ND Legislative Session Wraps Up

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When lawmakers gaveled in on Tuesday they had hoped to have their work done that evening. But, by late afternoon it was clear the house and senate was at a standstill.

For a while the House refused to send over a bill dealing with the budget for the Retirement and Investment Office and Public Employee Retirement System because of a disagreement on a couple sections that pertained to the buyout by Sanford to provide health insurance coverage to state employees.

"The main concern from the senate side was there was a lot of things in there that we felt affected the insurance program, the health insurance, that would cause the state to be in a possible litigation situation," said Sen. Rich Wardner, R-Dickinson.

The senate appointed conferees to meet with members of the house to try and come to some agreement. But no one from the house showed up.

"It was never on the computer. It was never set up and was never brought to the house. It was never sent back to us so we could do that. And quite honestly we said deal with the issue you have over there and we'll get it done," said Rep. Al Carlson, R-Fargo.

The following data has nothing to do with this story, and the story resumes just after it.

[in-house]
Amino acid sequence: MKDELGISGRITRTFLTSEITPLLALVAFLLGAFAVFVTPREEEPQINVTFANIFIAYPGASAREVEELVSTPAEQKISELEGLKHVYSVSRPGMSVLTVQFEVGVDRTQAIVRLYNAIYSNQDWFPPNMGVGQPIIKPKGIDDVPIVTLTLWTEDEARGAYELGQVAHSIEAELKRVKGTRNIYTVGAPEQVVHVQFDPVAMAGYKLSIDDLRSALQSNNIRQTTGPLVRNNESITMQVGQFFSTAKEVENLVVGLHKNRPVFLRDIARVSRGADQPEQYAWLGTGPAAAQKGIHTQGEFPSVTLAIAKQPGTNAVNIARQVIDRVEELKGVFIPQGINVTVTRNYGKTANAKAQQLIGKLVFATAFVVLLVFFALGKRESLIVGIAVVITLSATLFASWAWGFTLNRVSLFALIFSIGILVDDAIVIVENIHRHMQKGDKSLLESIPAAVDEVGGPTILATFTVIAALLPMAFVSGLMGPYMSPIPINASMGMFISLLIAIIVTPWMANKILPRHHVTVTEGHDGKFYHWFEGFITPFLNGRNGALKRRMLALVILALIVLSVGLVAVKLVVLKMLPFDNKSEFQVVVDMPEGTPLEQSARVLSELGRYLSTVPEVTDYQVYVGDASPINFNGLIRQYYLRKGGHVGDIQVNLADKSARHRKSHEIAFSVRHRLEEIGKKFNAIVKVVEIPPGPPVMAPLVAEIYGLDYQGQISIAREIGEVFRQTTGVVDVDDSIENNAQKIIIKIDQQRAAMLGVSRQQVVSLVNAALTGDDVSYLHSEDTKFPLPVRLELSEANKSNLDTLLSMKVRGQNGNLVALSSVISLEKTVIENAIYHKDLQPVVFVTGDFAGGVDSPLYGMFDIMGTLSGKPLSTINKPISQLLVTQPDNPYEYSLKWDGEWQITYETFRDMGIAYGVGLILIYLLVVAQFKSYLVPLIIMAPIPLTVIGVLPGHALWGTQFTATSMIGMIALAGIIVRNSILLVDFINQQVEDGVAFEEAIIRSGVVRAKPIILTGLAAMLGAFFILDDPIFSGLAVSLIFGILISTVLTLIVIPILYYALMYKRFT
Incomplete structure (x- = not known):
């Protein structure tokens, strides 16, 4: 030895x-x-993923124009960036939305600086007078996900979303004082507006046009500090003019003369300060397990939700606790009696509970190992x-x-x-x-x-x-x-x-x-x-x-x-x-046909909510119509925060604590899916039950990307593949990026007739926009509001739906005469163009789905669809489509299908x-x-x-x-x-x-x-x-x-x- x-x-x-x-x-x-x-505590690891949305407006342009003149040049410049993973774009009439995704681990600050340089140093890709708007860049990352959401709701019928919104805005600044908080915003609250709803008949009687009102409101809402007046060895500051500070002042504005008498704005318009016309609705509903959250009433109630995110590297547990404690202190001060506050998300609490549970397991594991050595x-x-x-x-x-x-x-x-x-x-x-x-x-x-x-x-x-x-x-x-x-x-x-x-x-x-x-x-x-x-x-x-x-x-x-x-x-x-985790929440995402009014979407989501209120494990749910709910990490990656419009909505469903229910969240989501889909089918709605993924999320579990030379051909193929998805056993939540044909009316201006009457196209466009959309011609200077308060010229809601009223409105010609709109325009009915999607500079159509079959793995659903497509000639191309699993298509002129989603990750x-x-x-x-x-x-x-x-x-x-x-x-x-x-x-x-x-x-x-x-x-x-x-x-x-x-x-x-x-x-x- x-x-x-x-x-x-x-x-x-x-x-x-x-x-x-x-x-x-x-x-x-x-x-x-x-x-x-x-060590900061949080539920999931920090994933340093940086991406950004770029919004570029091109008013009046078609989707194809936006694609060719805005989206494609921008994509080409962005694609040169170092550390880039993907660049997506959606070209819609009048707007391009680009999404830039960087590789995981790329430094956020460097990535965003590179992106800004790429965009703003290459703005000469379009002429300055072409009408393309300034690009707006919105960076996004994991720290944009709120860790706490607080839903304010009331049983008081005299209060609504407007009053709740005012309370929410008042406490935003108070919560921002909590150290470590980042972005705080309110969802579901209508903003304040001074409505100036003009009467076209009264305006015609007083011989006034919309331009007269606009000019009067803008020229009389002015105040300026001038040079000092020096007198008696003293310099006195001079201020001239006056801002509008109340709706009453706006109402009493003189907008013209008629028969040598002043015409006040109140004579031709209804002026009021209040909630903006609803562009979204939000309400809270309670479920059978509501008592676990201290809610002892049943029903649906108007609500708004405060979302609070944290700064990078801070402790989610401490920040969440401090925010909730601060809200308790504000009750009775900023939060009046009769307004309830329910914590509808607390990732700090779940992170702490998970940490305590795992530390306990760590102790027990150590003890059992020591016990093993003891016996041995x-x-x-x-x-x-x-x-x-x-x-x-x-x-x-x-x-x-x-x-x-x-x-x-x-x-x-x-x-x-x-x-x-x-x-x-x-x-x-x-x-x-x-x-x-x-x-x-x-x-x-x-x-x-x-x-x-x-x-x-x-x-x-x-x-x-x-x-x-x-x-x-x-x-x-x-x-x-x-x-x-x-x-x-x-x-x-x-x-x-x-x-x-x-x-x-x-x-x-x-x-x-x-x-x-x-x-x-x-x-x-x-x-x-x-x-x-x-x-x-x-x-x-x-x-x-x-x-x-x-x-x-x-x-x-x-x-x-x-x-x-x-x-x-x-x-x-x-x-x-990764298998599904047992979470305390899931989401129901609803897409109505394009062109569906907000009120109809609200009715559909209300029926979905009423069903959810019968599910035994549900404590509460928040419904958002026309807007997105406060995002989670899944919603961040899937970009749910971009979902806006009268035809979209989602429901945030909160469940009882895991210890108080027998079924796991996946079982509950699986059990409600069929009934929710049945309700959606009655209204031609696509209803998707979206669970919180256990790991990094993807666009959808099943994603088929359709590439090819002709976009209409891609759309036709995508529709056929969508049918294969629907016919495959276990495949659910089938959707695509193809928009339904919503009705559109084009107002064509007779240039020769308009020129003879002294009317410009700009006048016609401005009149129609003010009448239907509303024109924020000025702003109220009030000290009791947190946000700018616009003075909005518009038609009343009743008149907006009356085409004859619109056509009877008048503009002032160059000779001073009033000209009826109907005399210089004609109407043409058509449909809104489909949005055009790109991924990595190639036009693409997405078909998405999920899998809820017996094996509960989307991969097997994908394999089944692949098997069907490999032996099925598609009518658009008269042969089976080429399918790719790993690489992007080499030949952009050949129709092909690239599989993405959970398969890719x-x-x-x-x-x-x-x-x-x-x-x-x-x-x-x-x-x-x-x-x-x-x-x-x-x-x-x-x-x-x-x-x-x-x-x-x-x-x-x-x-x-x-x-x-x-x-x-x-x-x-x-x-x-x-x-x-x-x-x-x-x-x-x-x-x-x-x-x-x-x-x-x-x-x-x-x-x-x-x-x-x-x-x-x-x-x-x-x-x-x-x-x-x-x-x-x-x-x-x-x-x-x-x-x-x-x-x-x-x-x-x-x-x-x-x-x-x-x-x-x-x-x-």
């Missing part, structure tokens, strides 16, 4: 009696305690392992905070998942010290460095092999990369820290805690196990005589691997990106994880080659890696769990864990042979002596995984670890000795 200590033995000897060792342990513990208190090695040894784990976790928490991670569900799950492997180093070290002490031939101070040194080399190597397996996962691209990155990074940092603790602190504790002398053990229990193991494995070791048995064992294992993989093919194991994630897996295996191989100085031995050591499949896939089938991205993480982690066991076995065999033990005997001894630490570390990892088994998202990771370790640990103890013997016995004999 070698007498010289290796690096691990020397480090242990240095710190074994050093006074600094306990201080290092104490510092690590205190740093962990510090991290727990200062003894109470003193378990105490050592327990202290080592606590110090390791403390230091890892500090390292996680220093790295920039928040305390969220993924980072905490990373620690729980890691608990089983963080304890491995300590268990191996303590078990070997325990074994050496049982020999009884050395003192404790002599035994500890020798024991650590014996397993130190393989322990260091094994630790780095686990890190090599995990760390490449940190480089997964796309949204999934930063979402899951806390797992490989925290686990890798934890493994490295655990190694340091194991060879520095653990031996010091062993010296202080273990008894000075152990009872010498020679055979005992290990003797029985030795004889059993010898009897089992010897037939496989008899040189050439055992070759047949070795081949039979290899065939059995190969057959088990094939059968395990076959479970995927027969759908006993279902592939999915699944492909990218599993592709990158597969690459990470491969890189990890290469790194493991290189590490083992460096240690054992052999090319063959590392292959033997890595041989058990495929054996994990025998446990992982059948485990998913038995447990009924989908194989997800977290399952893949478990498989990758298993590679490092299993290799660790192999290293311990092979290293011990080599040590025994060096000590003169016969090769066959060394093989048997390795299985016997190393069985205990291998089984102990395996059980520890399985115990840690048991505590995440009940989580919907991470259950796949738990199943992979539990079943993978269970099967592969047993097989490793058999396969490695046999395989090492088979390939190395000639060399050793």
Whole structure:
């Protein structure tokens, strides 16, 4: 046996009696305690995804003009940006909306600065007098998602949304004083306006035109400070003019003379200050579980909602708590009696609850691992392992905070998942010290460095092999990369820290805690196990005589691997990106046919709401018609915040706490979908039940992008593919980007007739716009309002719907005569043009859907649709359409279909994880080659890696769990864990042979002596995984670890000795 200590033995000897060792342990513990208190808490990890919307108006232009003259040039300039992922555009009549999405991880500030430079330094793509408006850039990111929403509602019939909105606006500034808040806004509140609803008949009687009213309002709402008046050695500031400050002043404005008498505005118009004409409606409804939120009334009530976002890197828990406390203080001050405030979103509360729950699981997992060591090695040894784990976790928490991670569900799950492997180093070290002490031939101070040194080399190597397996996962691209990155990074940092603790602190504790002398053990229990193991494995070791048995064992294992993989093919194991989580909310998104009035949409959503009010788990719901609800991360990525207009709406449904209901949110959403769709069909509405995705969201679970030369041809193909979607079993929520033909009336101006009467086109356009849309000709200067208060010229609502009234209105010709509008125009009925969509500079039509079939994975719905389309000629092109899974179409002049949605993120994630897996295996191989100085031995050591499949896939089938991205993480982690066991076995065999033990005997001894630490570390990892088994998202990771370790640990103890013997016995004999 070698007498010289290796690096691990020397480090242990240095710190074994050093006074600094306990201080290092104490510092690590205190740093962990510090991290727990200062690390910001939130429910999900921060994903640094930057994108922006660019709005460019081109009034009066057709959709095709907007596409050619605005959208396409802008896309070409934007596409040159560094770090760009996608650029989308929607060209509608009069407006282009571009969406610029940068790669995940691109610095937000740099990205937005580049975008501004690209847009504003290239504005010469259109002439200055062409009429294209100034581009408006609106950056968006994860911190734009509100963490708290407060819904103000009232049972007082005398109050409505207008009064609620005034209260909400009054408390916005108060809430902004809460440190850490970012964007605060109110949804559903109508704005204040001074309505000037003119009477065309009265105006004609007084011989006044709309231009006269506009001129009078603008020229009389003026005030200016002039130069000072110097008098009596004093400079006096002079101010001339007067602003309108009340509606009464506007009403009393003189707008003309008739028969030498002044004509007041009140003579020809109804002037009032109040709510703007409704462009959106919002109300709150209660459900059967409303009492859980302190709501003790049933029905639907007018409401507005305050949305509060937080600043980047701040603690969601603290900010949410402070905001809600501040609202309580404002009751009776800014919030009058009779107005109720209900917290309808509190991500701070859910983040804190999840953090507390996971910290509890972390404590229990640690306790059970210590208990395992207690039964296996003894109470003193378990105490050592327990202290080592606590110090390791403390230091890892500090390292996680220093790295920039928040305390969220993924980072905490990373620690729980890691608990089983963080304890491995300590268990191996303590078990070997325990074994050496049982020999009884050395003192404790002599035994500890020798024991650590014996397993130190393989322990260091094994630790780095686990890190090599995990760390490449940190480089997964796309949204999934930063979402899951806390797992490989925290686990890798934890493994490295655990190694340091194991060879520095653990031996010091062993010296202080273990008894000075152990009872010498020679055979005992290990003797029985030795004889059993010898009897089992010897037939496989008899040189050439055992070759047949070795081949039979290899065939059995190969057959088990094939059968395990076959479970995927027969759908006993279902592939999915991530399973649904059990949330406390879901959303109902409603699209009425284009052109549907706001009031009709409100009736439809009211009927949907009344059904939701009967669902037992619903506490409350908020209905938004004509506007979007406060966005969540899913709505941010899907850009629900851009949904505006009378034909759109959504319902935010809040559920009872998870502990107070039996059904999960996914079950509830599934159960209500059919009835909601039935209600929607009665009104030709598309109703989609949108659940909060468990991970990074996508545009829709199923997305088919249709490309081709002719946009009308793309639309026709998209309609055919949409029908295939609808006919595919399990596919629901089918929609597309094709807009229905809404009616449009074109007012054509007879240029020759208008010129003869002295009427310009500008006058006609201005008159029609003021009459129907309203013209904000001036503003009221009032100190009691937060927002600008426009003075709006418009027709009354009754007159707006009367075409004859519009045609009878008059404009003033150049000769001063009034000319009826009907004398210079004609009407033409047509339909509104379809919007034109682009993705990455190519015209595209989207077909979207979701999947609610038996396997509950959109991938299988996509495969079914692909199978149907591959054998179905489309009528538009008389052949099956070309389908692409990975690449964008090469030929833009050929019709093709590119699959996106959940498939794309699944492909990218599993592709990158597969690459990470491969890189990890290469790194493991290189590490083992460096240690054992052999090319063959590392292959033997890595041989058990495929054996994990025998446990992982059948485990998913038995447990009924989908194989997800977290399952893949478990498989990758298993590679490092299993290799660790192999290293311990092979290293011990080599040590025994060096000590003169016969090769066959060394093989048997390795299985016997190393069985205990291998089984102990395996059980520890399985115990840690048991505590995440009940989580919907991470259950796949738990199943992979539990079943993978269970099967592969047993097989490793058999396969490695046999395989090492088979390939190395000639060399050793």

In the end both majority leaders agreed they needed time to cool off and decided to adjourn sine die. Leaving the bill in limbo.

"We need more time to kind of come down from this session. Very emotional. But I want to point out, as far as the session it was a very productive session. It's too bad we had to end with this issue being in a disagreement," said Wardner

But eventually the two chambers WILL have to come to some sort of an agreement if they want to pass the bill, which also provides funding to the agency.

"I'm not sure what's going to break the impasse but what I do know is that this is certainly no way to run a legislature," said Sen. Mac Schneider, D-Grand Forks.

The majority leader in the house says this issue will be discussed during the interim.

The current PERS budget runs through June 30. The bill left undecided includes more than $14 million to fund the office for the next two years.

If lawmakers wish to do that, they will need to go into a special session before then.

The governor says he doesn't know when that will happen yet.